Influencing Perceptions: Using PR to Challenge the Gender Gap in Tech
Public relations (PR) as we know it today (in its simplest form, managing the communication of information from a brand or individual to the public or specific stakeholders) was "invented" by a man, Edward Bernays.
Lucky Strike Marketing Campaign
Referred to often as "the father of public relations", Bernays was inspired by his uncle Sigmund Freud to use psychoanalysis in order to influence perceptions and actions. One of his most well known campaigns saw him working for the American Tobacco Company increasing sales of Lucky Strike cigarettes amongst women in the 1920s when female smoking was still taboo.
Firstly he promoted the idea that cigarettes represented the ideal of thinness; this was a success within the home but didn’t dispel the taboo that women shouldn’t smoke publicly. He then went on to brand cigarettes as "torches of freedom" for women by planning a feminist march (made up largely of hired actresses) where all women participating were smoking. This triggered many women to also smoke outdoors as a small rebellion against the patriarchy, eventually destroying the taboo – not that this was a great victory for female health.
Women Dominate PR Sector Despite Pay Gap
It's striking that this discipline, "invented" by a man, with early campaigns using feminism in order to influence women, is now completely dominated by females: 66% of PR professionals are the UK are women. Despite this, there is still a gender pay gap of 21% in PR, with men earning an average salary of £53,952 whilst women only earn an average of £42,588.
I’m very lucky to work in an agency with a female majority at the top, both of our Managing Directors are women, but in many agencies this simply isn’t the case and the glass ceiling is very real.
Yet, despite the stats above being rather depressing, I count myself lucky as a woman in PR when reading and writing about the immense gender divide in the technology sector where my clients work.
Men Still Dominate Technology Sector
Only 17% of employees in the technology sector are women. There is a gender pay gap of 25%. This is largely because significantly fewer women than men are motivated to study the STEM degrees that many tech roles require. According to the WISE campaign for gender balance in science, technology and engineering, only 15% of computer science graduates in 2016/17 were women – that’s only 3,015 people in the UK.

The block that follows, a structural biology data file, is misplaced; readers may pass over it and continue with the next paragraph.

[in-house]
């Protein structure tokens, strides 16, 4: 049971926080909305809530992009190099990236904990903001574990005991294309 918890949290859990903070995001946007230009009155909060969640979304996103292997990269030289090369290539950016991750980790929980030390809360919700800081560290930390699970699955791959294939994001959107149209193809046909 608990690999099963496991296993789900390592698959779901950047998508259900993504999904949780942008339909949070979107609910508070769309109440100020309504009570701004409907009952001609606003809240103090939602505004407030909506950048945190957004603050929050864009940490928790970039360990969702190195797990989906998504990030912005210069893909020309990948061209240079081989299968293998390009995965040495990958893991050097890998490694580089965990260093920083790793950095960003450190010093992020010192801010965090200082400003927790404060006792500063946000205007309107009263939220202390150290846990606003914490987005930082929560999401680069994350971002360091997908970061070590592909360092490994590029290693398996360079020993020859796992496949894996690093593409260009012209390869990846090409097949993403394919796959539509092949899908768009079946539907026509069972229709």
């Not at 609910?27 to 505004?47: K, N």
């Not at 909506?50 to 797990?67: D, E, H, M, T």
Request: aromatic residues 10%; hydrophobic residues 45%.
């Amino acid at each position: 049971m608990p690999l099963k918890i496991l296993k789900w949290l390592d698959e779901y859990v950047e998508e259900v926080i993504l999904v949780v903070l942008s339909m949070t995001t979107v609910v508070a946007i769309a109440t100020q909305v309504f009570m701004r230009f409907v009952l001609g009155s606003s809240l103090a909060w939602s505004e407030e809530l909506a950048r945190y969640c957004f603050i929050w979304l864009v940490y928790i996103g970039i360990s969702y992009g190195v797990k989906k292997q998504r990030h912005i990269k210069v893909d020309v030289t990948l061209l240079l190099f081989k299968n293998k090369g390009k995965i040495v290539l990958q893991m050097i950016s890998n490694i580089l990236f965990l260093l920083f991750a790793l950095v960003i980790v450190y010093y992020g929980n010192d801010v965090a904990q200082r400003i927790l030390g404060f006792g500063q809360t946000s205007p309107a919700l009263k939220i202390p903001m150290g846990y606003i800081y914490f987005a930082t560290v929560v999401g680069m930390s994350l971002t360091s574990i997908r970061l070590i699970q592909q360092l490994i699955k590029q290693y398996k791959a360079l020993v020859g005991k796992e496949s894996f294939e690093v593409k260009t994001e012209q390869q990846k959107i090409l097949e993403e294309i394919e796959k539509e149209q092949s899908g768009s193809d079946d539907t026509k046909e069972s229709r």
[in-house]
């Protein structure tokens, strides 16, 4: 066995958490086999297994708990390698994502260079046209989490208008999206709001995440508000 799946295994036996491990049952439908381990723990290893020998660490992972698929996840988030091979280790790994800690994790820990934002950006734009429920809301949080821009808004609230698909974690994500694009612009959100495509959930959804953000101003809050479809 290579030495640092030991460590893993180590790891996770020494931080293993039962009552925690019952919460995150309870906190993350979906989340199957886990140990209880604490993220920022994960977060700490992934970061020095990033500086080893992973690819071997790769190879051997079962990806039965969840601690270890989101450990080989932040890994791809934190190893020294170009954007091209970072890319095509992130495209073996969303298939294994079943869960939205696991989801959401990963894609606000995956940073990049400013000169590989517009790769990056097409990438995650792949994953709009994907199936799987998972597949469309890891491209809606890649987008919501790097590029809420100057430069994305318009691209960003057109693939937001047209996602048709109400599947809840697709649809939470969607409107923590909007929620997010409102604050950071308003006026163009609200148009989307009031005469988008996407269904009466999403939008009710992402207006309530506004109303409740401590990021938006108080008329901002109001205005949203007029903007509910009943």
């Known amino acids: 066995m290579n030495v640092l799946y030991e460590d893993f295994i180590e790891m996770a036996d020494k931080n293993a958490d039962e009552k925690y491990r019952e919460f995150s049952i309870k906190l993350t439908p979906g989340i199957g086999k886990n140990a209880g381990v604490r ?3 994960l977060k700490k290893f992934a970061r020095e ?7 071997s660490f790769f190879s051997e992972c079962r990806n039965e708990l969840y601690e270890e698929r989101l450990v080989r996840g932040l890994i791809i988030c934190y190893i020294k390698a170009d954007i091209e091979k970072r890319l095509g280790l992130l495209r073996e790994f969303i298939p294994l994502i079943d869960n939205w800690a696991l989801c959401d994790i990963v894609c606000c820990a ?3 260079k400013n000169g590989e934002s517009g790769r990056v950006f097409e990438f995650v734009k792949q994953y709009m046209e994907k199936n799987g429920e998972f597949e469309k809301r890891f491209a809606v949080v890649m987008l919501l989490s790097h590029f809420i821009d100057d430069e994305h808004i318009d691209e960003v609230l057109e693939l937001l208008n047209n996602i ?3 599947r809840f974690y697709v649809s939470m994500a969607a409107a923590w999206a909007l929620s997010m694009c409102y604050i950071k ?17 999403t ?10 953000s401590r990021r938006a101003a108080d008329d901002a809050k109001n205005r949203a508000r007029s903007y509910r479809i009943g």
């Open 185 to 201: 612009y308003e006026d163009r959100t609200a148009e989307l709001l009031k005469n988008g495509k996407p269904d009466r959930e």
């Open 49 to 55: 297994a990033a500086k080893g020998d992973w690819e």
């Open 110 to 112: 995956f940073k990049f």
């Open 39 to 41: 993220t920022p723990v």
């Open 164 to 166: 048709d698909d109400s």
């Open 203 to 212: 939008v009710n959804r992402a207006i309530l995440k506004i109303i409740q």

Something needs to be done, mainly at a governmental level but also at an organisational level, in order to encourage more schoolgirls into STEM degrees. Companies can do their bit in the short term by making the hiring process more female friendly (for example, cybersecurity tends to recruit from the military a lot of the time); encouraging up-skilling for women so that they can go into more technical roles; and by promoting the importance of solving the gender tech gap via marketing and PR. In PR, we work a lot with organisations’ spokespeople – these people are the face of the brand, and unsurprisingly are overwhelmingly male (although of course there are some notable exceptions). Something as simple as having more female spokespeople in tech could provide young women with the role models they need to succeed in the industry.
How PR Can Help Get More Women in Tech
I love my job, and relish anything I can do to promote the causes I care about including feminism and smashing traditional gender roles. Sometimes speaking to those women who have broken into the technology “all boys club”, and writing about the lack of diversity in tech, makes me wish I’d studied computer science and was a master coder - not saying that that still can’t happen. Then I remember that PR has a massive part to play in getting more women into tech. PR needs to work to change the perception that working in technology and having a STEM degree are just for boys. We can take inspiration from Edward Bernays who arguably changed the world with his campaigns, although our end goal is much healthier!